Kohl's candidate Herzog is new head of state

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The Independent Online
AFTER months of political shadow-boxing, Germany's senior judge, Roman Herzog, yesterday became the new head of state. In a speech immediately after his election as president, the 60-year-old Bavarian declared that he hoped that he would represent his country 'as it really is: freedom-loving, tolerant and open to the world'.

The circumanstances of Mr Herzog's election quickly led to questions about the mechanics of the presidential election itself.

Mr Herzog, candidate of Helmut Kohl's Christian Democrats, defeated his main opponent, Johannes Rau, candidate of the Social Democrats, with 696 to 605 votes in the third round of voting in an electoral assembly in the Reichstag - Germany's once and future parliament building, in Berlin. This was the first presidential election since German unity in 1990, and the first for 25 years in Berlin. After 1969, threats from the Soviet Union forced the vote to be moved from West Berlin to Bonn.

The message of yesterday's vote is twofold: Chancellor Kohl will be relieved that his candidate has pulled through. Mr Kohl had suffered political humiliation when his previous favourite, the east German Steffen Heitmann, was forced to withdraw because of his right-wing views, especially his perceived 'soft' approach to the country's Nazi past. But Mr Rau, Prime Minister of the west German state of North Rhine-Westphalia, was by far the most popular candidate, in the country at large, with more than twice as much support as Mr Herzog. Rudolf Scharping, the leader of the opposition Social Democrats, noted yesterday: 'This was a decision that went against the will of the majority of the people'

President Richard von Weizsacker, a Christian Democrat who is about to complete his second five-year term, has been widely praised on all sides. In recent months, however, the short-term needs of party tactics have played an important role. Party managers exerted considerable pressure before and during the secret vote. Parliamentary elections are due in October; much of the debate over the choice of president was conducted in the light of those elections.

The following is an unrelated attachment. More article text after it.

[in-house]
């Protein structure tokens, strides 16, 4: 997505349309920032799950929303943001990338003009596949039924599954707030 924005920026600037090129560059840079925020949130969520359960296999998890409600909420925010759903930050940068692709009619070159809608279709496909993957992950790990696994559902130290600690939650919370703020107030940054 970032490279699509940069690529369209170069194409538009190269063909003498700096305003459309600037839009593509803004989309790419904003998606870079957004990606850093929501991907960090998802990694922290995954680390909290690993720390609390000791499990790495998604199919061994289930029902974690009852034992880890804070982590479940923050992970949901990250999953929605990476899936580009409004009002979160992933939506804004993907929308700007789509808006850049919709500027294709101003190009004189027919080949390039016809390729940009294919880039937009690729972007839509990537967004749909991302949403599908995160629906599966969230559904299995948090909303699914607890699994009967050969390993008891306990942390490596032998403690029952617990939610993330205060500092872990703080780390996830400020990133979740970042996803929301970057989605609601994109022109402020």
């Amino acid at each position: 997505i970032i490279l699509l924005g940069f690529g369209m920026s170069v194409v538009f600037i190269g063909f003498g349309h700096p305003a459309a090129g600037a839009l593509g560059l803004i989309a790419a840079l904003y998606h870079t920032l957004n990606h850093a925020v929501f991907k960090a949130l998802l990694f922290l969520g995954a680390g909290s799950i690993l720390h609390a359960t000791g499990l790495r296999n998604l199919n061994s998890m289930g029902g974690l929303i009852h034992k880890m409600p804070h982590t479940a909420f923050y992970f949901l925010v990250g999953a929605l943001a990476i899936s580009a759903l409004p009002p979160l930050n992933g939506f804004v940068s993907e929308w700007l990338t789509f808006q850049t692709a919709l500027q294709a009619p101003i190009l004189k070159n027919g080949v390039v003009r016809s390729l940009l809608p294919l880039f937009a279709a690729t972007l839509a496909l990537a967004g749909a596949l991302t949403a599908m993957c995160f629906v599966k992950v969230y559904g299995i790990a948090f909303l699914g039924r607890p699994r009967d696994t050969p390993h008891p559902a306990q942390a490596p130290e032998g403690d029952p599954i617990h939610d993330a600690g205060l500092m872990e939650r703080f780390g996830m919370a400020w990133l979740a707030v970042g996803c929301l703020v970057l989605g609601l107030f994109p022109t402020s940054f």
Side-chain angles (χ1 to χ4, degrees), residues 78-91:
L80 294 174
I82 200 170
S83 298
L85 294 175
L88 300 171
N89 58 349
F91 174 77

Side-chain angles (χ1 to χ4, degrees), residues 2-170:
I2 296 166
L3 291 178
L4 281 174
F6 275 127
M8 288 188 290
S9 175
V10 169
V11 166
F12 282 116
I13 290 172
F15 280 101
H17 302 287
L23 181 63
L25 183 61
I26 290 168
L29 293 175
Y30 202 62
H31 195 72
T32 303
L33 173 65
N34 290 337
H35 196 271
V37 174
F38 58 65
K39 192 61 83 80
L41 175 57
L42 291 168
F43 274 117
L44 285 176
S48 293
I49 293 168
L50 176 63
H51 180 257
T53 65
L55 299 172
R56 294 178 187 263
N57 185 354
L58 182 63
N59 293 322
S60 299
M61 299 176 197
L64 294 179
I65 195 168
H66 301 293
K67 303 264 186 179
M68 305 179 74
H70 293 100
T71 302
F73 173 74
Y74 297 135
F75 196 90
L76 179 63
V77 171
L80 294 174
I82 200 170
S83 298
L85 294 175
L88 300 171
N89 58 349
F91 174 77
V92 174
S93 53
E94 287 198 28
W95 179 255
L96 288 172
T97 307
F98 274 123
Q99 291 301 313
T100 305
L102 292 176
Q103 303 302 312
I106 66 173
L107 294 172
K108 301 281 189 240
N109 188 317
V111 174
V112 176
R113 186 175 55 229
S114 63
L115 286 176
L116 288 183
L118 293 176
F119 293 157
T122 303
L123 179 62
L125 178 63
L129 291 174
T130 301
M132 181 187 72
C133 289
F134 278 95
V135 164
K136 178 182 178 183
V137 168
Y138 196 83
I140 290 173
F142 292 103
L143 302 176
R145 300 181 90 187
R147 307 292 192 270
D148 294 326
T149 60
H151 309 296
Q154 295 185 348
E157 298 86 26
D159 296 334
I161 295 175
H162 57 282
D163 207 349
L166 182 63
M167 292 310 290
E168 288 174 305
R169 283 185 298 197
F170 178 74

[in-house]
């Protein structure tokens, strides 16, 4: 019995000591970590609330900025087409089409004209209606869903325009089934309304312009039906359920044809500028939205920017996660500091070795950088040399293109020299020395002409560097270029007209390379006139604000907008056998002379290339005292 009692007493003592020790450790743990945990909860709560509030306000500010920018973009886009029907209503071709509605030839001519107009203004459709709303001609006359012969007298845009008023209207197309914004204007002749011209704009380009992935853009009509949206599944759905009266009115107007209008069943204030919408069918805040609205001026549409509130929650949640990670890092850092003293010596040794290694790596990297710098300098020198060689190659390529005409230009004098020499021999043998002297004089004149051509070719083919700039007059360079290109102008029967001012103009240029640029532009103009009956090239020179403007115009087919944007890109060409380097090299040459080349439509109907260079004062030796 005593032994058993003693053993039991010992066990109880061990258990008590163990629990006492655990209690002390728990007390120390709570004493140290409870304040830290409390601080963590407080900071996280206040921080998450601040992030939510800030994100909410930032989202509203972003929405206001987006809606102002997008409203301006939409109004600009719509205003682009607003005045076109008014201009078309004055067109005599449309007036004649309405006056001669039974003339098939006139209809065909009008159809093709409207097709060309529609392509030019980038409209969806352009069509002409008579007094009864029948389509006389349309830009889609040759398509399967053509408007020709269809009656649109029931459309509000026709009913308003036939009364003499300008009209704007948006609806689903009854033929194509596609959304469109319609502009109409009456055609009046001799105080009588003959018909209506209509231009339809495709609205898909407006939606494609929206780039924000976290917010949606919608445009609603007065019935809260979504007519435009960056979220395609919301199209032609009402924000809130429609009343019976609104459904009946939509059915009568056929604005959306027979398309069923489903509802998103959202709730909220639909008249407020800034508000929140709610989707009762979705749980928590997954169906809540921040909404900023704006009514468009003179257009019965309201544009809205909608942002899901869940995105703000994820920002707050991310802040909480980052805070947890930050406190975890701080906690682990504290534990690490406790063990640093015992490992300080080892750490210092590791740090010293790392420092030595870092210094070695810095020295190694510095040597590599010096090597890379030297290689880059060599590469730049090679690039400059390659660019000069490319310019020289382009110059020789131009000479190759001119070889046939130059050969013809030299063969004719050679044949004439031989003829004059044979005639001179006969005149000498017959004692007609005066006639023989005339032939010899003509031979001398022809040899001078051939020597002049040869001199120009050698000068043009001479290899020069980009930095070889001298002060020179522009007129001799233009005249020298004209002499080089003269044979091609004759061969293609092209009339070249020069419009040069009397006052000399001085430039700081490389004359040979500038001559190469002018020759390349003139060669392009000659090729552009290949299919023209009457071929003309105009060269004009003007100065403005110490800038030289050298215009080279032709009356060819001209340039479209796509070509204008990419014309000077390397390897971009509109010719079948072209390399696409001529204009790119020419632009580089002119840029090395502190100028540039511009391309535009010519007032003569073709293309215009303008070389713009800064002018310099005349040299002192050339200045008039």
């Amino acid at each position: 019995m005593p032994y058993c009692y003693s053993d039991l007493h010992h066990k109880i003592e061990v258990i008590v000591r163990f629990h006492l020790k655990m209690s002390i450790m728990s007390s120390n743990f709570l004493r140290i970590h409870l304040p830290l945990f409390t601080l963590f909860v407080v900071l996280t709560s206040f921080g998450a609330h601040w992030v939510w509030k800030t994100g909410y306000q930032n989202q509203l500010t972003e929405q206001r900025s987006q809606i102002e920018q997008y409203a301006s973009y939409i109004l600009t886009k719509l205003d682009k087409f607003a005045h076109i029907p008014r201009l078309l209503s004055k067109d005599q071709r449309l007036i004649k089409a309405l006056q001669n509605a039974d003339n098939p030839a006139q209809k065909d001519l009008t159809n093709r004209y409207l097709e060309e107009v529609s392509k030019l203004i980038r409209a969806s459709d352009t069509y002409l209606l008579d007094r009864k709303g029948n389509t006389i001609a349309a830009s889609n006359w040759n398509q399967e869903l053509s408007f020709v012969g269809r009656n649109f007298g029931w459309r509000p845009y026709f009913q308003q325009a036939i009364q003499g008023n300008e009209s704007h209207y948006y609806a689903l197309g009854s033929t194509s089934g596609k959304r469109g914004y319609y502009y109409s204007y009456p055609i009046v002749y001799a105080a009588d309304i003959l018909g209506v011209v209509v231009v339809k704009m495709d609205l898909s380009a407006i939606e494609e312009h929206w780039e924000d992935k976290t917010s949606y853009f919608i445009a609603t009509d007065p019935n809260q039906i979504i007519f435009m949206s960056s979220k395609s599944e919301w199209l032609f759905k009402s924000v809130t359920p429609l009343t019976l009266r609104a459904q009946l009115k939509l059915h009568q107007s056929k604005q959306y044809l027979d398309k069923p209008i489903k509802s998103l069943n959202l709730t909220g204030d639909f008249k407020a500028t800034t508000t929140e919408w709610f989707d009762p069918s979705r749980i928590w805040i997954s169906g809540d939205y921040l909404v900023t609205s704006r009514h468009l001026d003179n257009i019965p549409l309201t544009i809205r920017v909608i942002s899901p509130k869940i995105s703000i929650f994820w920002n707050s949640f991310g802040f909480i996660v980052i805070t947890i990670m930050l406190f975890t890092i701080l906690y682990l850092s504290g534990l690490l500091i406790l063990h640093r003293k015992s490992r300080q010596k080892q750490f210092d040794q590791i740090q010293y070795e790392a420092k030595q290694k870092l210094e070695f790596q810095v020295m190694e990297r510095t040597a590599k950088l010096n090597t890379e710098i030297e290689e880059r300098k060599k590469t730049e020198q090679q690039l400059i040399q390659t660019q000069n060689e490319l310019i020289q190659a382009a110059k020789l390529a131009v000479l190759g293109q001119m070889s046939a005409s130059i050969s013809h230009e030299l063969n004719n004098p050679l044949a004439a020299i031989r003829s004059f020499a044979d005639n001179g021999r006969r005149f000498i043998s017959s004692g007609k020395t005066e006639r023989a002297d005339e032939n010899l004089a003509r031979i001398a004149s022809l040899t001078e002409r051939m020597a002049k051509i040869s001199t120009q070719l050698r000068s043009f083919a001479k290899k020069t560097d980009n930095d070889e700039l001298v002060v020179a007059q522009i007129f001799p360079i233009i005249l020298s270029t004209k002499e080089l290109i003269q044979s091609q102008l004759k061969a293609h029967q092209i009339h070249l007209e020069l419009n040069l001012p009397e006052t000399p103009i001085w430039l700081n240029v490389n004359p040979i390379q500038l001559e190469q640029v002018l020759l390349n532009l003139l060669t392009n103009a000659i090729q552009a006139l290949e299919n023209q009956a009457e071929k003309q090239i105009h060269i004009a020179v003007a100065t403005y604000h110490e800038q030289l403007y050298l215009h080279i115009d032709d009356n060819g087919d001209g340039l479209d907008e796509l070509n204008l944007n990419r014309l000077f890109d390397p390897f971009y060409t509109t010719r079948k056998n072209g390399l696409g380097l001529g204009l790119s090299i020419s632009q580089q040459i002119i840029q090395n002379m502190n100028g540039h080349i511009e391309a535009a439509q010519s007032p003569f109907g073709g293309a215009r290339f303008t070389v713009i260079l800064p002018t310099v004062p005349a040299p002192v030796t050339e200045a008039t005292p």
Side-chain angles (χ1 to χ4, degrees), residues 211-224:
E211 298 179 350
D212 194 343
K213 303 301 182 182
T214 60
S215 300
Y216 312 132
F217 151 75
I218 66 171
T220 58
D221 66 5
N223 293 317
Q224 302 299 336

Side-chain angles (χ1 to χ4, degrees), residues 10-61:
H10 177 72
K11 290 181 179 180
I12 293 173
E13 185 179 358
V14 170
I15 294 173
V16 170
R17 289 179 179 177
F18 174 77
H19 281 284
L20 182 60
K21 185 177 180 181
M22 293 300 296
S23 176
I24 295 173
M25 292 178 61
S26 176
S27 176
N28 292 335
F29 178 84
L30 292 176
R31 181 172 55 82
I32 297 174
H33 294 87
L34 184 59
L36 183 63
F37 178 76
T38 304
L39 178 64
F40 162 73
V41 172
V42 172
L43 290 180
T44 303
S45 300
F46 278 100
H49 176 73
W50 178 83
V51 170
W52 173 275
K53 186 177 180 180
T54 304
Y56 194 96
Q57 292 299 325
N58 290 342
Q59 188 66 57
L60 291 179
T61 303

Leading Social Democrats privately indicated in advance of yesterday's election that they might press for a change in the election rules if Mr Rau lost out to Mr Herzog.

Mr Herzog failed to gain the required absolute majority in the first two rounds of voting, where more than 120 votes went to the candidate of the Free Democrats, Hildegard Ham-Brucher. In the third round a relative majority is sufficient; Ms Ham-Brucher withdrew, to make the contest more clear cut. The independent east German candidate, Jens Reich gained 62 votes in the first round, before dropping out. He said that he felt his candidacy had been justified, by proving that it was possible to be a non-party candidate 'without attracting ridicule'. The far-right Republican Party put up their own candidate, Hans Hirzel, at the last moment, primarily as a publicity stunt. Mr Hirzel gained just 11 votes.

Yesterday's specially created mini-electorate consisted of all 662 federal MPs, plus the same number of delegates nominated by the 16 state parliaments, according to the parties' respective strengths.

All four main candidates have sought to avoid obvious conflicts, and thus to retain the dignity of the post. Nonetheless, Mr Herzog too, stumbled into controversy. His comments in an interview with Focus magazine this month, suggesting that foreigners who do not wish to take German citizenship should think of returning to their own countries, caused unease in the ranks of the Free Democrats, and led to harsh criticism from the Social Democrats.

(Photograph omitted)